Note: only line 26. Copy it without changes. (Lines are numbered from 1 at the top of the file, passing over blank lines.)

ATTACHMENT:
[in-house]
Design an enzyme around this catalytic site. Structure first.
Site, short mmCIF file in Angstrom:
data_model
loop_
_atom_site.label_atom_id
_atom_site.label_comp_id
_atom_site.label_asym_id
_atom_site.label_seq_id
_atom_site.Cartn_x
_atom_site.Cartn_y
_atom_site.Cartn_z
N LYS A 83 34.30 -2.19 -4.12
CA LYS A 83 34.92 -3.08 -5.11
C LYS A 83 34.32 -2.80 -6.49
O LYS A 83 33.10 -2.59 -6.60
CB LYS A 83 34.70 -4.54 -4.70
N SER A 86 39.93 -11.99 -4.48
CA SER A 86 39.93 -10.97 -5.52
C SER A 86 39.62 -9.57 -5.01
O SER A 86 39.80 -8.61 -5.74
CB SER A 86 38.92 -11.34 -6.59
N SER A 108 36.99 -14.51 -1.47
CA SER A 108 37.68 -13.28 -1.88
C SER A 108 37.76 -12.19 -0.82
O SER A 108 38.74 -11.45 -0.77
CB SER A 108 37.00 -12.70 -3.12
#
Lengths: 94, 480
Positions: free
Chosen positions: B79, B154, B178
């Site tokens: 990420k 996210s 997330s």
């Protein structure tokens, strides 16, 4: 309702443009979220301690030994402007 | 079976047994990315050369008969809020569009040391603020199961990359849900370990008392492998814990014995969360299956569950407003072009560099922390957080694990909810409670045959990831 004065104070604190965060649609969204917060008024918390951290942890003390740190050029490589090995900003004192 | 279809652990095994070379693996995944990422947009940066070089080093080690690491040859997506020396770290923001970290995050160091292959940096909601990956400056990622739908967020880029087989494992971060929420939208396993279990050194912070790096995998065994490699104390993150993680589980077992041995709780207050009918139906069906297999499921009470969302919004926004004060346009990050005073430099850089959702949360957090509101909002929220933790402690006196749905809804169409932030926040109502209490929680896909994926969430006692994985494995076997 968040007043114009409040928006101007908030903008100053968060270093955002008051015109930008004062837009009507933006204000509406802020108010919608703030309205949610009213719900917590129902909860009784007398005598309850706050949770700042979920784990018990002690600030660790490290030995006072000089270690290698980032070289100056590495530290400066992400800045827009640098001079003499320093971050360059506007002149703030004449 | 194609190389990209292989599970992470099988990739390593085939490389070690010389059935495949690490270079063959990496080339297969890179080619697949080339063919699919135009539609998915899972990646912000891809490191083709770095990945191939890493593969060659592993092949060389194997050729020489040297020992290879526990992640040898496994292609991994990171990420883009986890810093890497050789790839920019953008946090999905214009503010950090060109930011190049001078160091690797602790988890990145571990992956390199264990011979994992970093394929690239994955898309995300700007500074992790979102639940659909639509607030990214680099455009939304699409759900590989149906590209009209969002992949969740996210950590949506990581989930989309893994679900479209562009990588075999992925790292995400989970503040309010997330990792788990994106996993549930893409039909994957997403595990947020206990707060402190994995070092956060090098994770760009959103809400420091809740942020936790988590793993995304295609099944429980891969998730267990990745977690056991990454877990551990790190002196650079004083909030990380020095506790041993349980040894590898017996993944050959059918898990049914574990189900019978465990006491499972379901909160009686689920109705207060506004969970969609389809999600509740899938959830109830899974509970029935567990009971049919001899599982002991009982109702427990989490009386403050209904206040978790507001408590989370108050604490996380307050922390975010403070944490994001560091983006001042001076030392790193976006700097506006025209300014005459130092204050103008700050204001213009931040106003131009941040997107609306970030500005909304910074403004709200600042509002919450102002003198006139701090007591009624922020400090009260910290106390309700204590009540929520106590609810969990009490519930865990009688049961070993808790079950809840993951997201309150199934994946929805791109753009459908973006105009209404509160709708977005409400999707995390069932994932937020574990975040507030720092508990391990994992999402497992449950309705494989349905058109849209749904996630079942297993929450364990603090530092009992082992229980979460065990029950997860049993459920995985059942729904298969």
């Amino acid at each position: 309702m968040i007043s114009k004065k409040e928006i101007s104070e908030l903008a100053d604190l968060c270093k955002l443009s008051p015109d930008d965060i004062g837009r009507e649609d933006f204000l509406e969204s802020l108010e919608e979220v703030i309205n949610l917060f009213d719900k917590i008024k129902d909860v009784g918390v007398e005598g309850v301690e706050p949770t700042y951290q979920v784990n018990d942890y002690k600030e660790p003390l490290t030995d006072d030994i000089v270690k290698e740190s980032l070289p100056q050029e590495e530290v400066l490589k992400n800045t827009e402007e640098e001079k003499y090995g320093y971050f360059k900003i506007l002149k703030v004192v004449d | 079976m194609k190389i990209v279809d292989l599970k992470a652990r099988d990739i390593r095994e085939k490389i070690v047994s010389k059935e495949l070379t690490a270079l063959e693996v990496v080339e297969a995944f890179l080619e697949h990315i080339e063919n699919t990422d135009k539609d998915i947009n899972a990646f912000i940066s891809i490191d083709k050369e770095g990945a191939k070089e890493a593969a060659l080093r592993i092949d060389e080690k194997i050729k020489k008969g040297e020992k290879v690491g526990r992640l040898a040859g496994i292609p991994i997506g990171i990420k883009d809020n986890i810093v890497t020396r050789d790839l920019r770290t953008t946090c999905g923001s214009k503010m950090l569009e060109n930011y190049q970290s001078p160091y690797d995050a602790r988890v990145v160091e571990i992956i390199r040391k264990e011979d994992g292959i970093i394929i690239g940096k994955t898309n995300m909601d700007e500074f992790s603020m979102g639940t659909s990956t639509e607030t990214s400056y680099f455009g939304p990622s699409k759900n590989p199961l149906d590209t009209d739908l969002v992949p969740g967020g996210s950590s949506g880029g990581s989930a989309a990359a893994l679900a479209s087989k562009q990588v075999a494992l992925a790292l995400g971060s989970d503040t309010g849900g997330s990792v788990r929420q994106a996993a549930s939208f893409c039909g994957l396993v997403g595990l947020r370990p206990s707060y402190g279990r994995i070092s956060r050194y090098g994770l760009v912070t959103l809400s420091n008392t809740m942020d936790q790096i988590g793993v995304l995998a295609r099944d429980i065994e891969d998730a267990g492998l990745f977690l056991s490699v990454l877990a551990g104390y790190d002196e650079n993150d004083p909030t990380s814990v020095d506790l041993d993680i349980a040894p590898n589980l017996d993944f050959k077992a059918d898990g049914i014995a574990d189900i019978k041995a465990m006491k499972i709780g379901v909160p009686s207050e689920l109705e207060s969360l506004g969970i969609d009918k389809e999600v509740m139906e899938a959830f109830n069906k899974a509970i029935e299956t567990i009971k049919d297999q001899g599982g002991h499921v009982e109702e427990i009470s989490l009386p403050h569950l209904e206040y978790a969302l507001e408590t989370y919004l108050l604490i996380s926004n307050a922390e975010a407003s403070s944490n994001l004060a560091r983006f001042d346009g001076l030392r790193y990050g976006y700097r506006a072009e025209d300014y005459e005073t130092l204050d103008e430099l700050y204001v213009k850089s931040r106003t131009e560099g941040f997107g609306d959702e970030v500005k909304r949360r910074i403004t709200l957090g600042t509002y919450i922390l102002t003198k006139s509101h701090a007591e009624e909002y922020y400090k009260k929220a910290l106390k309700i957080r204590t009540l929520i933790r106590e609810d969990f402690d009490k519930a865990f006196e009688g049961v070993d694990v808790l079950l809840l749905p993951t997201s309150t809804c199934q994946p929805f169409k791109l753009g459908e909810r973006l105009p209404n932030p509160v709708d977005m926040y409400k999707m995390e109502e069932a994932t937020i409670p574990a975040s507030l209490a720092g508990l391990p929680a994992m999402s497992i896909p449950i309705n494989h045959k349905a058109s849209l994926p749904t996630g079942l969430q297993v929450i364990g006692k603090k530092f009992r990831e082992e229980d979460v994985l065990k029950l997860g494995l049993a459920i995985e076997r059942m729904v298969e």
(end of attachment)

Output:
O SER A 108 38.74 -11.45 -0.77